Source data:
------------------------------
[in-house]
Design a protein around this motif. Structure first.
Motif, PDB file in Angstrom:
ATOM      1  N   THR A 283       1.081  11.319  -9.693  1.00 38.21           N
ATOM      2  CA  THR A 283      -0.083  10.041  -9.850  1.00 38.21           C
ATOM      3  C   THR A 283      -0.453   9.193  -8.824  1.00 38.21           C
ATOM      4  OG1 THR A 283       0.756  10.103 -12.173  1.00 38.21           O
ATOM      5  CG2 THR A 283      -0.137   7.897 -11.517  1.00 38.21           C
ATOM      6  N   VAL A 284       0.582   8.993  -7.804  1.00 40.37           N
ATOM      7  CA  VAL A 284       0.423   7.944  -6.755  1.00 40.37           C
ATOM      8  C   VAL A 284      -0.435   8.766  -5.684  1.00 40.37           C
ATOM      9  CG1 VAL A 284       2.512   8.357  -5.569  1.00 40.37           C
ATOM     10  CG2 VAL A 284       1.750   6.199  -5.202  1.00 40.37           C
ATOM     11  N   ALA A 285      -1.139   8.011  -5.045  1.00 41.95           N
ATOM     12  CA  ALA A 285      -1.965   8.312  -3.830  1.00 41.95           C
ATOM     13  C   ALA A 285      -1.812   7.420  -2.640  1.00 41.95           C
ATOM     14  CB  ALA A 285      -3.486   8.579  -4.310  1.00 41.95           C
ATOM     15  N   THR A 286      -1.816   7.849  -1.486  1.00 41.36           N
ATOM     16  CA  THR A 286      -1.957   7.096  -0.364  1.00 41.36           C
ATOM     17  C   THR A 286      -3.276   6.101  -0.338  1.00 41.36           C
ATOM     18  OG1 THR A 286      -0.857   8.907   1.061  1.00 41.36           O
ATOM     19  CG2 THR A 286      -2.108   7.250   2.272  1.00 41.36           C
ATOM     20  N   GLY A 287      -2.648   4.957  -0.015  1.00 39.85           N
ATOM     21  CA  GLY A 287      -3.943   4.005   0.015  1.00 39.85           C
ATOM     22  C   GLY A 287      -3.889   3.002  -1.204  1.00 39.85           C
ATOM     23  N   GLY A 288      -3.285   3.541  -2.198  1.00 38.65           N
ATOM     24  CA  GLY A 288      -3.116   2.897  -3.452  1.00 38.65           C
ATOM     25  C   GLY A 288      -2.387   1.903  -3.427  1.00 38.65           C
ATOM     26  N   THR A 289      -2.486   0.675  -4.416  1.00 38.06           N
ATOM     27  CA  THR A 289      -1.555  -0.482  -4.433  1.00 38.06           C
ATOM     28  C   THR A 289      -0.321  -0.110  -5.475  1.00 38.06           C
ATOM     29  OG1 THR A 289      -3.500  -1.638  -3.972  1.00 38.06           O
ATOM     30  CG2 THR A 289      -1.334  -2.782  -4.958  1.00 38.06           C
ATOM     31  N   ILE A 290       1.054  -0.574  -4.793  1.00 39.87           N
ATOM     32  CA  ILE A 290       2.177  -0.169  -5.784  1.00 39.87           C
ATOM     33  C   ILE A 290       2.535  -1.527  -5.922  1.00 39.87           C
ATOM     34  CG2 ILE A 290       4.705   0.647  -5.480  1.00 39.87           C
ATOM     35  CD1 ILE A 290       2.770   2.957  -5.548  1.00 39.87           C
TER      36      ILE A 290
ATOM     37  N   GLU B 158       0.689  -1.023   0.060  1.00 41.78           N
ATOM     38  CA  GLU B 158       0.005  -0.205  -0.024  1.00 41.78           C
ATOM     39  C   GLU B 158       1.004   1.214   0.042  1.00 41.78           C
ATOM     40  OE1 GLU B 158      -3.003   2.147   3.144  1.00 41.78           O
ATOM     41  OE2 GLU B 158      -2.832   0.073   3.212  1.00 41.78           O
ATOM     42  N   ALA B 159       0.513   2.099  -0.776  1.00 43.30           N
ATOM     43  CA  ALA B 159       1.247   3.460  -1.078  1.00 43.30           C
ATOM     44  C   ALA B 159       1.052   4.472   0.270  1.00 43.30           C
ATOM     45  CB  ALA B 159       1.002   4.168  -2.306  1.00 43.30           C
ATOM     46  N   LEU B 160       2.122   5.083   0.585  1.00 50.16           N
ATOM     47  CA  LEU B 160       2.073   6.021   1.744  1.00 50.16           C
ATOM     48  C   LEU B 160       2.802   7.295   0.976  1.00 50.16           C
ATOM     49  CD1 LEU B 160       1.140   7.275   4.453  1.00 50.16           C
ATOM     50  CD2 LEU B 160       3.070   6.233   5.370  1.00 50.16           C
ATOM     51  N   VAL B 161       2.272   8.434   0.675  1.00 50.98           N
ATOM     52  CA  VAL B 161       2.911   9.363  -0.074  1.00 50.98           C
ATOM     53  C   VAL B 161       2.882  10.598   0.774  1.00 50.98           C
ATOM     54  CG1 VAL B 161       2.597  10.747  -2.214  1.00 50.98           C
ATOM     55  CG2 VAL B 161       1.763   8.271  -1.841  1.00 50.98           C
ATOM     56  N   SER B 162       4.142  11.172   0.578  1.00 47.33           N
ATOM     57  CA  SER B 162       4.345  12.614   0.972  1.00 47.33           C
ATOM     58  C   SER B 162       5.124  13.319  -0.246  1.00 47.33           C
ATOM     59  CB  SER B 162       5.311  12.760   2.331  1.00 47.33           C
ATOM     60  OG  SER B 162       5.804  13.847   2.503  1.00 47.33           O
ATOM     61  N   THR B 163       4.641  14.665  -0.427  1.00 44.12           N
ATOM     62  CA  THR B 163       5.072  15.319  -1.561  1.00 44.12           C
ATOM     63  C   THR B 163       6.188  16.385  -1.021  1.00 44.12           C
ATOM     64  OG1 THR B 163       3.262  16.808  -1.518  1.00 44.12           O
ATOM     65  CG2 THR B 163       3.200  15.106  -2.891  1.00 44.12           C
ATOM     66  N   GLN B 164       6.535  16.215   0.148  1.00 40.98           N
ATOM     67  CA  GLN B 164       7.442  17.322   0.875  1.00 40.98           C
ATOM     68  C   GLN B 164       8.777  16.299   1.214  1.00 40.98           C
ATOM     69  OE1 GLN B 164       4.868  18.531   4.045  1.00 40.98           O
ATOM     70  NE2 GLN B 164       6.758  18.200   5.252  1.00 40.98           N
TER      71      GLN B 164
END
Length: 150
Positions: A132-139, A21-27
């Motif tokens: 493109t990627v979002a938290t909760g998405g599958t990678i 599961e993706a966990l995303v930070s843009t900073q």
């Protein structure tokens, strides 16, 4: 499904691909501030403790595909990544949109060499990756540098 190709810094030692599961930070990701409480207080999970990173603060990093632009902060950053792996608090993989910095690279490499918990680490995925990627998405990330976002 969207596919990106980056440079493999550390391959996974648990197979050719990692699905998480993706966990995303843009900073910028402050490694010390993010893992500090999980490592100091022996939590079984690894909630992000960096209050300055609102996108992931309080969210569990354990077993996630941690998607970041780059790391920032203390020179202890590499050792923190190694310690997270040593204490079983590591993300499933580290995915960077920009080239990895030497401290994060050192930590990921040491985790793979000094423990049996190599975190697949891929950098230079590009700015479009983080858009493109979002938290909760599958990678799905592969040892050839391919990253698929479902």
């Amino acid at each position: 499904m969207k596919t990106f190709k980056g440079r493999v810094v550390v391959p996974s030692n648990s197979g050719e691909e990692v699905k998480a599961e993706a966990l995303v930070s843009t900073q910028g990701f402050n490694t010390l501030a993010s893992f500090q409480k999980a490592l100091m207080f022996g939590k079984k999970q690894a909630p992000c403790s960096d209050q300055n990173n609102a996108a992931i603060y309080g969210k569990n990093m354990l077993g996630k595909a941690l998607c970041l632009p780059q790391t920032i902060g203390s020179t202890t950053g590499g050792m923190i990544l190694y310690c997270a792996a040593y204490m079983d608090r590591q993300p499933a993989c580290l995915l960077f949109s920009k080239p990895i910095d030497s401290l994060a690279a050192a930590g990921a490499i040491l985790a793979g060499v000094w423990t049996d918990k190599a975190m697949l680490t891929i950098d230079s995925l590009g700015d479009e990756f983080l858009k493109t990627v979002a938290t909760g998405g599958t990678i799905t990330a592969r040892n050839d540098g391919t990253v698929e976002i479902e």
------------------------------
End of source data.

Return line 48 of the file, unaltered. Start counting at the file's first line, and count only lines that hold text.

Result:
ATOM     45  CB  ALA B 159       1.002   4.168  -2.306  1.00 43.30           C